Making beautiful astronomical images of deep sky objects like nebulas and galaxies is not easy. One of the challenge lies in being able to ensure the telescope is precisely following the movement of the sky caused by earth’s rotation. First, one need a telescope mount that is of sufficient precision. Secondly, the mount needs to be properly aligned with the celestial sphere. Once done, it can fairly synchronize the movement of the telescope/camera with the movement of the sky.
This tracking is unfortunately not always sufficiently precise to ensure that the subject does not appear blurred in the image. In order to keep the subject perfectly centered in the image, a method called auto-guiding can be used. The principle is simple: Use a second camera to monitor the position of a star, if the star moves from its initial position, tell the mount to nudge a little to compensate and, using software, repeat every few seconds. Sounds easy enough…does it?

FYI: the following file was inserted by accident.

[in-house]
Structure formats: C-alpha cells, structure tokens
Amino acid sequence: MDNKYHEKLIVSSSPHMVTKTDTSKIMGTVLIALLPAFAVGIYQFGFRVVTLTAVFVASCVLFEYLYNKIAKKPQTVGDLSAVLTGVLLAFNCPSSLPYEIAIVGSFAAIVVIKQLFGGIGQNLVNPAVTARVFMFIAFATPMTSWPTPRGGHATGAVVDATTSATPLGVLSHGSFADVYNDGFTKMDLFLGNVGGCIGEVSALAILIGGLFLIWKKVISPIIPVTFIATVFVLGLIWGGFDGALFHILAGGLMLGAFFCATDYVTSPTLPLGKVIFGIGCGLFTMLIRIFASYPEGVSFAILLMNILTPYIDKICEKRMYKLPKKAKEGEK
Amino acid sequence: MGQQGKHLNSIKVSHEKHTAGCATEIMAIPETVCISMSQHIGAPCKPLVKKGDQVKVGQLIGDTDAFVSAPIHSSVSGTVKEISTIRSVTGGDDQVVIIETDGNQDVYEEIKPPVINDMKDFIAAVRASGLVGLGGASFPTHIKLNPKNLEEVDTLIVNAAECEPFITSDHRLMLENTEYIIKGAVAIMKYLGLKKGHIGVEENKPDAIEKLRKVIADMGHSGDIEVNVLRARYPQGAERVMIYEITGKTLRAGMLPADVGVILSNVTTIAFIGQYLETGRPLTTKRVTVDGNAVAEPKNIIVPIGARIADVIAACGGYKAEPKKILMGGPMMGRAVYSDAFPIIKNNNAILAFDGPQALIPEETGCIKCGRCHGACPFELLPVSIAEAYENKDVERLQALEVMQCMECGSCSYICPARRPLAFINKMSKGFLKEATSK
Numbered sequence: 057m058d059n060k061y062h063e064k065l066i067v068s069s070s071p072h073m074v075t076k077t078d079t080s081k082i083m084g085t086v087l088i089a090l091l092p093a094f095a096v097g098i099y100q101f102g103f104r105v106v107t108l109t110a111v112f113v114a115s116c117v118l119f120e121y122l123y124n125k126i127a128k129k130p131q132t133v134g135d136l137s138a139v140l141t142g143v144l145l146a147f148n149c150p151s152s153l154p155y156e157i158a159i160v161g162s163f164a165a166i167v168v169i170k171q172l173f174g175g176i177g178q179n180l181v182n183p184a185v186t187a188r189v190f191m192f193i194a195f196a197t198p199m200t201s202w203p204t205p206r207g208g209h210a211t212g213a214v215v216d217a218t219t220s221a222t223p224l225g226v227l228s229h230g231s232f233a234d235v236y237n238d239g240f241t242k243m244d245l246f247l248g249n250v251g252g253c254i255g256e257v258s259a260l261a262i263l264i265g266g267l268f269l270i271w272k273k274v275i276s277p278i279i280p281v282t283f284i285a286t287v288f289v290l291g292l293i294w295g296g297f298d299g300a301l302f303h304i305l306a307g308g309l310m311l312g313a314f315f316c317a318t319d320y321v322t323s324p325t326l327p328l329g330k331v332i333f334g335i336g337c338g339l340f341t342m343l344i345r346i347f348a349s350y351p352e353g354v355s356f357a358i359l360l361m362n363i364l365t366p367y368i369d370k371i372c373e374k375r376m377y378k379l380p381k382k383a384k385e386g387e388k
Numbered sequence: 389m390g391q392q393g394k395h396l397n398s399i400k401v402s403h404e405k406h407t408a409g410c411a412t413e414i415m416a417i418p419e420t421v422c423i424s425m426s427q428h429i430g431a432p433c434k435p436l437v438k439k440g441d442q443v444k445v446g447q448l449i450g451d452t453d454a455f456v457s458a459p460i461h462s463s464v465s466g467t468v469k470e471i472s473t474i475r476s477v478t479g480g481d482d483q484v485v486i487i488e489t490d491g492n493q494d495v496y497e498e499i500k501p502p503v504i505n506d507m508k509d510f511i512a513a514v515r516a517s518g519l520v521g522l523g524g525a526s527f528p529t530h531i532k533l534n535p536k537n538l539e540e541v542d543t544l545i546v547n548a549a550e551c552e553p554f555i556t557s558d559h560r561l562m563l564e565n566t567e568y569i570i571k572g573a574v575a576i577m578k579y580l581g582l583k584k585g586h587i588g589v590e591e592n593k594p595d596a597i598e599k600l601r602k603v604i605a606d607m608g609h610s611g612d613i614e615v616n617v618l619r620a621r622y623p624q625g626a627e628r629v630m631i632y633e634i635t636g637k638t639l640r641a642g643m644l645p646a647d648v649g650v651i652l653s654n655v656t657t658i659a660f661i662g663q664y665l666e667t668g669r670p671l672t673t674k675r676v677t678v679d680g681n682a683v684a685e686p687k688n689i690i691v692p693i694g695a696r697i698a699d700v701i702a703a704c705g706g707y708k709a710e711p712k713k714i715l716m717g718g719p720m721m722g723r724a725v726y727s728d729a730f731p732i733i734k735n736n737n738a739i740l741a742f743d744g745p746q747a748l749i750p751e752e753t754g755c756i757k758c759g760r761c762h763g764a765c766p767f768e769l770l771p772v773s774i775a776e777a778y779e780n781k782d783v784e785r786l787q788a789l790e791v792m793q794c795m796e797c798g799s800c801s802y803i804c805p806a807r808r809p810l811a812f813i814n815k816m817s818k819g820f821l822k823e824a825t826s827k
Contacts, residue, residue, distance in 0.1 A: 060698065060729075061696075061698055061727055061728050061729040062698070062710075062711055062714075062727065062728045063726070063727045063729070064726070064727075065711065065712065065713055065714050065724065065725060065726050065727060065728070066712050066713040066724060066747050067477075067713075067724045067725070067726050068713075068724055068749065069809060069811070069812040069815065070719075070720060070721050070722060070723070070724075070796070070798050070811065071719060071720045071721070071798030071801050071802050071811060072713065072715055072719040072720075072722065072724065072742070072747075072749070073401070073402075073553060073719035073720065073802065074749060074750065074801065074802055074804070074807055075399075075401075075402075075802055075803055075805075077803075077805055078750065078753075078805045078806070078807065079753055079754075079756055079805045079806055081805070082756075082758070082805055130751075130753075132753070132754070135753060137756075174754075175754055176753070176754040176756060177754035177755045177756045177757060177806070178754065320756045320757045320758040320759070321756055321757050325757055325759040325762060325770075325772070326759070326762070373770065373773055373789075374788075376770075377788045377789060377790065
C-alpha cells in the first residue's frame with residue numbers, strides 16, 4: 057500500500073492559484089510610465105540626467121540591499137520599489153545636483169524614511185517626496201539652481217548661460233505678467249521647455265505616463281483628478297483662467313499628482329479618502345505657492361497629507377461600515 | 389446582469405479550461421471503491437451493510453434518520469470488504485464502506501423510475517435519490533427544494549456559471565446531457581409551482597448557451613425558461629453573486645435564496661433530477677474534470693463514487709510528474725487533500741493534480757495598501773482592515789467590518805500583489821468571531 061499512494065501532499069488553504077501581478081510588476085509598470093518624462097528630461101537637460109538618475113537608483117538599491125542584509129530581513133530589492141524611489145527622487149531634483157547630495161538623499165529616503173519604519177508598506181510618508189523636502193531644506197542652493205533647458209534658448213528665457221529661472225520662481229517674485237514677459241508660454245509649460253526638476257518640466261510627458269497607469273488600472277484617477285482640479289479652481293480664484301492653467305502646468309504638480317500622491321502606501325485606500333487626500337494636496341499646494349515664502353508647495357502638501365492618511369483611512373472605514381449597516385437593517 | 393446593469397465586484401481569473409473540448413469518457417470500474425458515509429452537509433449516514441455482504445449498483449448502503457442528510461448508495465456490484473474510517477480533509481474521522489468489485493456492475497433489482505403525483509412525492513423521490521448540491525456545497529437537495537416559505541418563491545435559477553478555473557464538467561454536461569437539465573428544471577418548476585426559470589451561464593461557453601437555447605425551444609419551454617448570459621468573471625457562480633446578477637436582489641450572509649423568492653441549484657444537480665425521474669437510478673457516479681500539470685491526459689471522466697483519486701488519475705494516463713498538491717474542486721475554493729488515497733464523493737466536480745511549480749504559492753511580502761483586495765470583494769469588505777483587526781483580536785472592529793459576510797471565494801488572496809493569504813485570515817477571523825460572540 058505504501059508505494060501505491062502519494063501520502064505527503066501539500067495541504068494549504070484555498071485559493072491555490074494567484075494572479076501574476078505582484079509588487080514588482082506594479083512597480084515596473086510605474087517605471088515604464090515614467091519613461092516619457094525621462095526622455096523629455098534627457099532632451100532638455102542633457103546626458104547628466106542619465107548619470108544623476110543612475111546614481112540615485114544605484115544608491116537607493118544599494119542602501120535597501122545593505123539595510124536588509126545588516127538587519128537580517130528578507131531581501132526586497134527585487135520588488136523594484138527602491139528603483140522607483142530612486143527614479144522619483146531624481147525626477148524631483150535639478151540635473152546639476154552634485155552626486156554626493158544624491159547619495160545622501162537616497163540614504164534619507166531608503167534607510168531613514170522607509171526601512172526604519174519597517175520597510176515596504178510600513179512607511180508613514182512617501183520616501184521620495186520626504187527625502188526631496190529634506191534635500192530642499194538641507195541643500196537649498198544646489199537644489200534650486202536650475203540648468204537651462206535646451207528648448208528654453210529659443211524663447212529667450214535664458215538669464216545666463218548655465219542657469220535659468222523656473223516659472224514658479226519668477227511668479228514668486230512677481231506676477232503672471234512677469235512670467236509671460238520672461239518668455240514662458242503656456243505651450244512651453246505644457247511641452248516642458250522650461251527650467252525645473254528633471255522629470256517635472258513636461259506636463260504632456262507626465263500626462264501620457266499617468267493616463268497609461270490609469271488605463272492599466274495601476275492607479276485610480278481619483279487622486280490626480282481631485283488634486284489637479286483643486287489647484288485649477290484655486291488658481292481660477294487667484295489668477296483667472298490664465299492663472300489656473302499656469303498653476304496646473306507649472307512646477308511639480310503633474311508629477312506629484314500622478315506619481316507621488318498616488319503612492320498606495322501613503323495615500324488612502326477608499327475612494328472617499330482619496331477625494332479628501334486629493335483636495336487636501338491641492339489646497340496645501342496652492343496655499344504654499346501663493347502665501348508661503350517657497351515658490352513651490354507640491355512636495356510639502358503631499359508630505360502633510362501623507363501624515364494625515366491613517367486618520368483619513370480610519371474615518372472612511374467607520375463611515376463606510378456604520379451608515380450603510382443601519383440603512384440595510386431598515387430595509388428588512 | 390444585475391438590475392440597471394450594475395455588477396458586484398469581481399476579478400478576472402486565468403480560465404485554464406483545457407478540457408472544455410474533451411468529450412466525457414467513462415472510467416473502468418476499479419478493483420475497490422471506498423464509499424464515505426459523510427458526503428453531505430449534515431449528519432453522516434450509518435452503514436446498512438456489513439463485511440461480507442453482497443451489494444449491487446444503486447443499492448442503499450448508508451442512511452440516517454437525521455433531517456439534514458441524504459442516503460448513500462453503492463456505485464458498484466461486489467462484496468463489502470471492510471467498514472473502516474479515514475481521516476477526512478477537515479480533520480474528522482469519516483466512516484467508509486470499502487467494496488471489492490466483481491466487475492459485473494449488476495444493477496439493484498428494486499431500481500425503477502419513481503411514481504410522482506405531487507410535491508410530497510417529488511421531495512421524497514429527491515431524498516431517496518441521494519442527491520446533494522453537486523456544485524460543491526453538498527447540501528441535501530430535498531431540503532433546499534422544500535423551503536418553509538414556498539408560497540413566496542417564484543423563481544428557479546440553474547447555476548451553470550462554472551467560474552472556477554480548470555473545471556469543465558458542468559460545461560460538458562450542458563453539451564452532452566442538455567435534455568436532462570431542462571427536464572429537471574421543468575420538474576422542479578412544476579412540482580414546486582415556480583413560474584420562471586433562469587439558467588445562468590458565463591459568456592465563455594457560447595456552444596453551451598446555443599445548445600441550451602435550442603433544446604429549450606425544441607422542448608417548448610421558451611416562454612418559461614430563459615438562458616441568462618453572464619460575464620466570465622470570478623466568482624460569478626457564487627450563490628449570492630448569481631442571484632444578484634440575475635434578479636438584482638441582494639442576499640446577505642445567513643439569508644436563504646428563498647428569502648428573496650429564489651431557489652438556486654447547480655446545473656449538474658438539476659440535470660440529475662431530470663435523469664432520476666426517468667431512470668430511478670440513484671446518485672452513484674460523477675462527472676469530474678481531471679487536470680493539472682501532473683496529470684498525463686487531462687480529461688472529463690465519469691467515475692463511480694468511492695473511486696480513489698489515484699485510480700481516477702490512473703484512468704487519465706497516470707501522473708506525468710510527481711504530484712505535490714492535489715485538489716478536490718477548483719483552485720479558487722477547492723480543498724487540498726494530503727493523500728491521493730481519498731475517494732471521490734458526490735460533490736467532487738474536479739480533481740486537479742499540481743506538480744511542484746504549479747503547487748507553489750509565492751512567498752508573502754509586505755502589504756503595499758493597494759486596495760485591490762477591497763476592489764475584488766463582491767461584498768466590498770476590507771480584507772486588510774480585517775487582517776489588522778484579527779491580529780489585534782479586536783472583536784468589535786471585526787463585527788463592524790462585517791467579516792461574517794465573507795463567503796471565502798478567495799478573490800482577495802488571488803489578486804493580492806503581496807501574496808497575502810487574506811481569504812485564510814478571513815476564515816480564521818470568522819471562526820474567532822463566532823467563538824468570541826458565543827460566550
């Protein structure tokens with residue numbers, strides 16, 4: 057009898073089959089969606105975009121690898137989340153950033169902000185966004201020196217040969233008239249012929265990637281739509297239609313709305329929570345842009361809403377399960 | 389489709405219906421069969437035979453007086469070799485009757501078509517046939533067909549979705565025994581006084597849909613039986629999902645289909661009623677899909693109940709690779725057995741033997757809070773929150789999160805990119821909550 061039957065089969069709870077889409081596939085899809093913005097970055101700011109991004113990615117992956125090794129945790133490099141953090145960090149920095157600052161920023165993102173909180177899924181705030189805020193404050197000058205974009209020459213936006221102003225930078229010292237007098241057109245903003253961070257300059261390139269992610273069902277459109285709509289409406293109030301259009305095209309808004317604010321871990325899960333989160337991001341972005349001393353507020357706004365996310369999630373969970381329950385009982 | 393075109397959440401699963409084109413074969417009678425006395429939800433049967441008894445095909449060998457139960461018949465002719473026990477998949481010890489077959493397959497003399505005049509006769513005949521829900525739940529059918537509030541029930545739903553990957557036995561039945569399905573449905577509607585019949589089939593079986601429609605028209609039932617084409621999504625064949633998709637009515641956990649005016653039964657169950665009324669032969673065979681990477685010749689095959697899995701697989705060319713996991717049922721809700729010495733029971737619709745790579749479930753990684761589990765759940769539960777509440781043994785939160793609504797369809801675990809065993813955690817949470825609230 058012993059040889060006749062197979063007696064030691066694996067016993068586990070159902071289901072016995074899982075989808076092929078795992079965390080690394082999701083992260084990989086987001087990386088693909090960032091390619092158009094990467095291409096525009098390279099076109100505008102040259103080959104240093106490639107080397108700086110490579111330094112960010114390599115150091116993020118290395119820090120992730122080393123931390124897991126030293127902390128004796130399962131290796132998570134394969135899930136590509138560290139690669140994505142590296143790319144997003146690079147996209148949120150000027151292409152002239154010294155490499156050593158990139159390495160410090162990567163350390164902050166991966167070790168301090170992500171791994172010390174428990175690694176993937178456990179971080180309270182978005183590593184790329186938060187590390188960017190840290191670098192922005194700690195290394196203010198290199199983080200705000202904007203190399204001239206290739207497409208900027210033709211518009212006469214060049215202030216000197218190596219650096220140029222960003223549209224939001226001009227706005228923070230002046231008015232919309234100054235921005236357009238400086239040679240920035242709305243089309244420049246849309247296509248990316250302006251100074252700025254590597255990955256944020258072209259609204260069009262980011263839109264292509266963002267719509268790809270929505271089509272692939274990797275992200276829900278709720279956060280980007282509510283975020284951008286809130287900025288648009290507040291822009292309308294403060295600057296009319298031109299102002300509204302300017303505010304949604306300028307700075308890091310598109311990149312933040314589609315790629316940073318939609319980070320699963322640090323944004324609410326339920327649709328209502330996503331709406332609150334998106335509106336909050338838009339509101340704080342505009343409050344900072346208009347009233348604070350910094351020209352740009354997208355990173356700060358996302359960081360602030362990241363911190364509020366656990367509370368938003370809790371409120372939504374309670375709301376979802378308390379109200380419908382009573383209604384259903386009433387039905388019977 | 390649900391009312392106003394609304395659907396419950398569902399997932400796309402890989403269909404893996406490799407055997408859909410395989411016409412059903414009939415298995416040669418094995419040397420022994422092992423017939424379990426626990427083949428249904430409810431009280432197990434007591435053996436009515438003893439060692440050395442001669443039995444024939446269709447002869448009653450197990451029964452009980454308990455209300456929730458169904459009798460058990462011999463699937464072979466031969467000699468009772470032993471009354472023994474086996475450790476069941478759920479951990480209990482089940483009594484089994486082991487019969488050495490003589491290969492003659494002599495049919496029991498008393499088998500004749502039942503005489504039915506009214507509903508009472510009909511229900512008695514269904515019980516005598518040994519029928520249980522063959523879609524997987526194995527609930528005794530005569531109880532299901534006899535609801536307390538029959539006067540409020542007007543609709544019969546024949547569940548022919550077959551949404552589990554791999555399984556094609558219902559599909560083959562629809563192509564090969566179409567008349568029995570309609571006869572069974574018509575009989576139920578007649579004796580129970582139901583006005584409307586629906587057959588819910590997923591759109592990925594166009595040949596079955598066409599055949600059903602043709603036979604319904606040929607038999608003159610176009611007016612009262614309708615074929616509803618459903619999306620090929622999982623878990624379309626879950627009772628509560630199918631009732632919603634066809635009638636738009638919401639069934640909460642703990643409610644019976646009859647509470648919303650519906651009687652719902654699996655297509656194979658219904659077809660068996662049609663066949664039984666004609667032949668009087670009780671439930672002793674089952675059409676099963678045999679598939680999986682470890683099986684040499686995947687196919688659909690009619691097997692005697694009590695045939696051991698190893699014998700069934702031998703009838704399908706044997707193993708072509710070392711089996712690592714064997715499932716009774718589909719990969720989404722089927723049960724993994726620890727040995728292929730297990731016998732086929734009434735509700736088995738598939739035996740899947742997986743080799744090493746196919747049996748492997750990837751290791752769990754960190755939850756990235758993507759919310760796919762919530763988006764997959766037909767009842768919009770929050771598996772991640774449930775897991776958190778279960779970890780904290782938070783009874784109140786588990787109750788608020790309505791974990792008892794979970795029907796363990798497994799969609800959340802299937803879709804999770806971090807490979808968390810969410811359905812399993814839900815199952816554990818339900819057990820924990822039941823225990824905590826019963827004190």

Those of you who’ve been following this blog for a while know that auto-guiding can be plagued with all sort of issues and problems. Finding the root cause of those problems can be very challenging. Sometimes, one might think problem A is caused by issue B; Fix B and the problem goes away….huh no! Wish life was always this simple!
Over the last couple of years, numerous attempts were made to get rid of various technical issues in order to be able to auto-guide properly. Issues like focuser sag, too much weight, improper balance, differential flexure, backlash, friction, stiction, etc. Many imaging sessions ended up being cancelled or jeopardized due to these issues. Last November one of these sessions got cancelled. Here is the story of the events.